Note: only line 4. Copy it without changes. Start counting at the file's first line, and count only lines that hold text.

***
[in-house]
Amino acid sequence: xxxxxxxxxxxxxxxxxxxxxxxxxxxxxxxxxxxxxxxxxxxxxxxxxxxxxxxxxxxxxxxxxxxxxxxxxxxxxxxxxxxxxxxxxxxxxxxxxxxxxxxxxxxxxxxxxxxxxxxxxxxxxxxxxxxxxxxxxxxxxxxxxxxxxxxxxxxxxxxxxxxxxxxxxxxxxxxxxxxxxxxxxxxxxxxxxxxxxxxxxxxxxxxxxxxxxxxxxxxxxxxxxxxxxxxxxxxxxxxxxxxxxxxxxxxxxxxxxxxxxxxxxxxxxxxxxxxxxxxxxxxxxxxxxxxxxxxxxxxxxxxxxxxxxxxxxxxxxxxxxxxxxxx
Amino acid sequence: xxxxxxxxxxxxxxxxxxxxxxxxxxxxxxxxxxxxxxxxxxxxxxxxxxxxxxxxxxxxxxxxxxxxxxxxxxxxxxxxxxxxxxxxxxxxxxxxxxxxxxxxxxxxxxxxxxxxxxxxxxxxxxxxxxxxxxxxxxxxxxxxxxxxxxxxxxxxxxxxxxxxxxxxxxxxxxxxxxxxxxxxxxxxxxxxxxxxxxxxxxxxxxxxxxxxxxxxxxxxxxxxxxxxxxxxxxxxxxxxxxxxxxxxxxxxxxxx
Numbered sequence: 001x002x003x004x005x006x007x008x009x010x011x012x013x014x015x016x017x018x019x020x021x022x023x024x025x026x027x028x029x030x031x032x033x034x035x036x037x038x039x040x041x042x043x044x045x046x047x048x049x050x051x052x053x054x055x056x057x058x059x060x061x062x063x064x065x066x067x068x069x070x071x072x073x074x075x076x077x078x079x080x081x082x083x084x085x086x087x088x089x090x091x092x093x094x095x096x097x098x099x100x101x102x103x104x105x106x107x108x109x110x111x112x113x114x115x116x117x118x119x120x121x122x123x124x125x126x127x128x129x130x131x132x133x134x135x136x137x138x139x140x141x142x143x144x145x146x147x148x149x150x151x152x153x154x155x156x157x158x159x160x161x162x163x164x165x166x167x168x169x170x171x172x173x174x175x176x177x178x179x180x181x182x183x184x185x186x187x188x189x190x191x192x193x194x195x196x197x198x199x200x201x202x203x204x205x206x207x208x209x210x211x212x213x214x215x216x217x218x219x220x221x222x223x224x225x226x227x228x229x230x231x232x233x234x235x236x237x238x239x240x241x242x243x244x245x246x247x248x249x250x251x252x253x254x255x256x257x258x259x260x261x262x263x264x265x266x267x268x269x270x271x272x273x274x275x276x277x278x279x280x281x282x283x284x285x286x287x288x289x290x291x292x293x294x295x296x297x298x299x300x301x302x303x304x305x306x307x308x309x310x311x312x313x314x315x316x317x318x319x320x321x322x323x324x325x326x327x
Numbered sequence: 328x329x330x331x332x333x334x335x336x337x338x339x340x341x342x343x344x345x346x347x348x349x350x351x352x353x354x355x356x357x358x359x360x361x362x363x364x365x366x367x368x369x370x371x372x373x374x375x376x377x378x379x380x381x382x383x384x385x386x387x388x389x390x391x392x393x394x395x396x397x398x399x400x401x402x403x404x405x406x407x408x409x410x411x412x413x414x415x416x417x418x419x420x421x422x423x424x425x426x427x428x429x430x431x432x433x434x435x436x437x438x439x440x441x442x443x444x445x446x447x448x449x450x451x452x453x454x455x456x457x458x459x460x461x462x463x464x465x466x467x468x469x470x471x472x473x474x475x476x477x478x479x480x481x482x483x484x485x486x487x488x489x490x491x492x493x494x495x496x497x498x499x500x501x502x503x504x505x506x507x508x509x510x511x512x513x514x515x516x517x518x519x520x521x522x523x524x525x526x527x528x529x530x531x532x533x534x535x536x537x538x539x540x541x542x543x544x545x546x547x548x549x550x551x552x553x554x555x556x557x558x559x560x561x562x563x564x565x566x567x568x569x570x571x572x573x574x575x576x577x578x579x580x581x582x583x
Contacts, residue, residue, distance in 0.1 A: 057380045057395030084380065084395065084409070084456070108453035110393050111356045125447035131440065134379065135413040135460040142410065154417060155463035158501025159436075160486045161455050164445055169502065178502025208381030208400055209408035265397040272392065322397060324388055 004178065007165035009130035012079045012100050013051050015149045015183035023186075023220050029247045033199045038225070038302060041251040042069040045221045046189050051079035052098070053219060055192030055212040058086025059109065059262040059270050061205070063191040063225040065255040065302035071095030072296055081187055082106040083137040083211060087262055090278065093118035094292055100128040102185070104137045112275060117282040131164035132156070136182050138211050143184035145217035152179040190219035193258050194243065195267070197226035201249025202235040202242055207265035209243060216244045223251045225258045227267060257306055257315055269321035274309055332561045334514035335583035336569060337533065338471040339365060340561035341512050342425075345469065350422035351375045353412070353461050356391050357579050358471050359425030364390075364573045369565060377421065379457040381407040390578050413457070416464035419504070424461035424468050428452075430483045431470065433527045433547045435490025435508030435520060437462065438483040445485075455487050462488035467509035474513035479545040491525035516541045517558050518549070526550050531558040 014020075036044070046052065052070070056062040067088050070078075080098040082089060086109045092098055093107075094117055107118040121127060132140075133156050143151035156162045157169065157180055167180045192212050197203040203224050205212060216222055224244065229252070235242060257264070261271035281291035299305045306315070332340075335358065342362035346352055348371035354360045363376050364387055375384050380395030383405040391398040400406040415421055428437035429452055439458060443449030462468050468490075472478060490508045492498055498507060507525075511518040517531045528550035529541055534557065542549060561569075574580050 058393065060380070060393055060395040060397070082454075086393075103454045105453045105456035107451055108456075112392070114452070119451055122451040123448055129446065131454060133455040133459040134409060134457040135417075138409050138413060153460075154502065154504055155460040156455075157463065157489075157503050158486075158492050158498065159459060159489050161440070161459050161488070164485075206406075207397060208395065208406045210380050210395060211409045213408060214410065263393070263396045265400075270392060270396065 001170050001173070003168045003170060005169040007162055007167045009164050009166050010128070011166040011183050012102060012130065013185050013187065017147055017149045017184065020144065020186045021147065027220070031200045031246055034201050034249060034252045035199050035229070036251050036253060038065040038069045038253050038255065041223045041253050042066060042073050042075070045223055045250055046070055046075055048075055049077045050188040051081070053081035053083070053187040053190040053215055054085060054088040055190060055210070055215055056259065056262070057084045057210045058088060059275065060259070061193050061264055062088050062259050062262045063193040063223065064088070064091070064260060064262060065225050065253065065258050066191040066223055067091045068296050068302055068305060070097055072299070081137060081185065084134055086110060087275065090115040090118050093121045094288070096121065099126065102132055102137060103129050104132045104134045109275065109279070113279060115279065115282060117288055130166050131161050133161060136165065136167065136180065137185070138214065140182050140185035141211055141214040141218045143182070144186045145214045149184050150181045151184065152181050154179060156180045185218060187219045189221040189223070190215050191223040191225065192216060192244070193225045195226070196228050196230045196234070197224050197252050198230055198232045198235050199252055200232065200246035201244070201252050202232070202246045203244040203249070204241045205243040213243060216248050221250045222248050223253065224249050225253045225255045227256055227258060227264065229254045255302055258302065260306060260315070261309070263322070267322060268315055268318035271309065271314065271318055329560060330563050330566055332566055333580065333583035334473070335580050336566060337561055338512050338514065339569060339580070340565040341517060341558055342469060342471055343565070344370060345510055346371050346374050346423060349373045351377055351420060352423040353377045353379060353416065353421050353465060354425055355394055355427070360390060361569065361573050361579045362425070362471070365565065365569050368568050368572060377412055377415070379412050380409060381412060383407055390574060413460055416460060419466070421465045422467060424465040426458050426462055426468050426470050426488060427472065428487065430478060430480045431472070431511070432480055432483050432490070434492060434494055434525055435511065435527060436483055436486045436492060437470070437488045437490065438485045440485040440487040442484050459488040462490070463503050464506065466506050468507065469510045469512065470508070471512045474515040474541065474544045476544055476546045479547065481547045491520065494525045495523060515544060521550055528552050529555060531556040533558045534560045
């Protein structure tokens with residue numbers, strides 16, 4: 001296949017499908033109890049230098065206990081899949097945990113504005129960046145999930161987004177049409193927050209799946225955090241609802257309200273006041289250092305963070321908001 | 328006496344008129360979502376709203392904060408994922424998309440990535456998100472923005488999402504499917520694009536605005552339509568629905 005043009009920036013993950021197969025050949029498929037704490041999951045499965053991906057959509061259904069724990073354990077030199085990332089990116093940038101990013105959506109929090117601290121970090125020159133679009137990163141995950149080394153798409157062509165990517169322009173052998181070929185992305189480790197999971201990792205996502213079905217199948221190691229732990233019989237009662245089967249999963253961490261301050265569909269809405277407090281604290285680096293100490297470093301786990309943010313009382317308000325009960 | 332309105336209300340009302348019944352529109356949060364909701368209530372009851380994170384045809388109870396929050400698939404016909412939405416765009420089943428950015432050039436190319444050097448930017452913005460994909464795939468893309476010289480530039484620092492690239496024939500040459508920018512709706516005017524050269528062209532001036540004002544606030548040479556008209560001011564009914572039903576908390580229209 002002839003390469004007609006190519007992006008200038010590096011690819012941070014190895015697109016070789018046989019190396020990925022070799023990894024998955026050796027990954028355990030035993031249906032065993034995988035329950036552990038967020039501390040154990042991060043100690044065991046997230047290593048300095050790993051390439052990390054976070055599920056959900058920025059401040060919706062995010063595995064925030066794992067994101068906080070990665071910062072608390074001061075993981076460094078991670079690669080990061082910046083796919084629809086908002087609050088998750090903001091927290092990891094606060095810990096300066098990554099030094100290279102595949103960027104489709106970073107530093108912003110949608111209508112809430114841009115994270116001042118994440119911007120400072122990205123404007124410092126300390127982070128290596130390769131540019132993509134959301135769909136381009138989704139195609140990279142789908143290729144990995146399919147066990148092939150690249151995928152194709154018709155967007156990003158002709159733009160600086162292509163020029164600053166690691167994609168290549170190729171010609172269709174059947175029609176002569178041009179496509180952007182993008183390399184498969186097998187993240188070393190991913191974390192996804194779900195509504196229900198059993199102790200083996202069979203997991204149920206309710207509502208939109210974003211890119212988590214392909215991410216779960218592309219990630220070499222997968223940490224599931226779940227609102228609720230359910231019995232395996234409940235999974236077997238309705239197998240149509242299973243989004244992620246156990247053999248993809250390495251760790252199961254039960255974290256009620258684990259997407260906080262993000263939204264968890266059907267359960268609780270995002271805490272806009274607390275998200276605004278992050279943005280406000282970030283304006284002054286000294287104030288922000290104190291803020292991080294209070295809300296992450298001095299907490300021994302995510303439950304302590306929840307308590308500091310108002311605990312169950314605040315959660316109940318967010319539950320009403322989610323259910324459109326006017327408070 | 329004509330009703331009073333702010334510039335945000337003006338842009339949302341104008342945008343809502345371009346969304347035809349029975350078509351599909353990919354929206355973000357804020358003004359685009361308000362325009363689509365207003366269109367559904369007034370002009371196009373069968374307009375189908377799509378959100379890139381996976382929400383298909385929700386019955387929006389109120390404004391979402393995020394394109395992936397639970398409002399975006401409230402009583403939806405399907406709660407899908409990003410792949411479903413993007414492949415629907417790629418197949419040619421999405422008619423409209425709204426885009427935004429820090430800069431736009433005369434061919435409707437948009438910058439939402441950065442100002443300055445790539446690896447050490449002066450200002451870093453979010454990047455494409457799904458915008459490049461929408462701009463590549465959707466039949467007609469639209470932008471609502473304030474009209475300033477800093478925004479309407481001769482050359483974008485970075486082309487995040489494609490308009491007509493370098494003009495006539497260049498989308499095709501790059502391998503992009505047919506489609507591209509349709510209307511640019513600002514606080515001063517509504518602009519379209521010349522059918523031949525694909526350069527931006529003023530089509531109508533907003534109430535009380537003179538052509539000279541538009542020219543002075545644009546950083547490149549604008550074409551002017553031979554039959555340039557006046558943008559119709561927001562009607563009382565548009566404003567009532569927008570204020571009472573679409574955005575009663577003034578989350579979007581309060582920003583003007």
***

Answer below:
Numbered sequence: 001x002x003x004x005x006x007x008x009x010x011x012x013x014x015x016x017x018x019x020x021x022x023x024x025x026x027x028x029x030x031x032x033x034x035x036x037x038x039x040x041x042x043x044x045x046x047x048x049x050x051x052x053x054x055x056x057x058x059x060x061x062x063x064x065x066x067x068x069x070x071x072x073x074x075x076x077x078x079x080x081x082x083x084x085x086x087x088x089x090x091x092x093x094x095x096x097x098x099x100x101x102x103x104x105x106x107x108x109x110x111x112x113x114x115x116x117x118x119x120x121x122x123x124x125x126x127x128x129x130x131x132x133x134x135x136x137x138x139x140x141x142x143x144x145x146x147x148x149x150x151x152x153x154x155x156x157x158x159x160x161x162x163x164x165x166x167x168x169x170x171x172x173x174x175x176x177x178x179x180x181x182x183x184x185x186x187x188x189x190x191x192x193x194x195x196x197x198x199x200x201x202x203x204x205x206x207x208x209x210x211x212x213x214x215x216x217x218x219x220x221x222x223x224x225x226x227x228x229x230x231x232x233x234x235x236x237x238x239x240x241x242x243x244x245x246x247x248x249x250x251x252x253x254x255x256x257x258x259x260x261x262x263x264x265x266x267x268x269x270x271x272x273x274x275x276x277x278x279x280x281x282x283x284x285x286x287x288x289x290x291x292x293x294x295x296x297x298x299x300x301x302x303x304x305x306x307x308x309x310x311x312x313x314x315x316x317x318x319x320x321x322x323x324x325x326x327x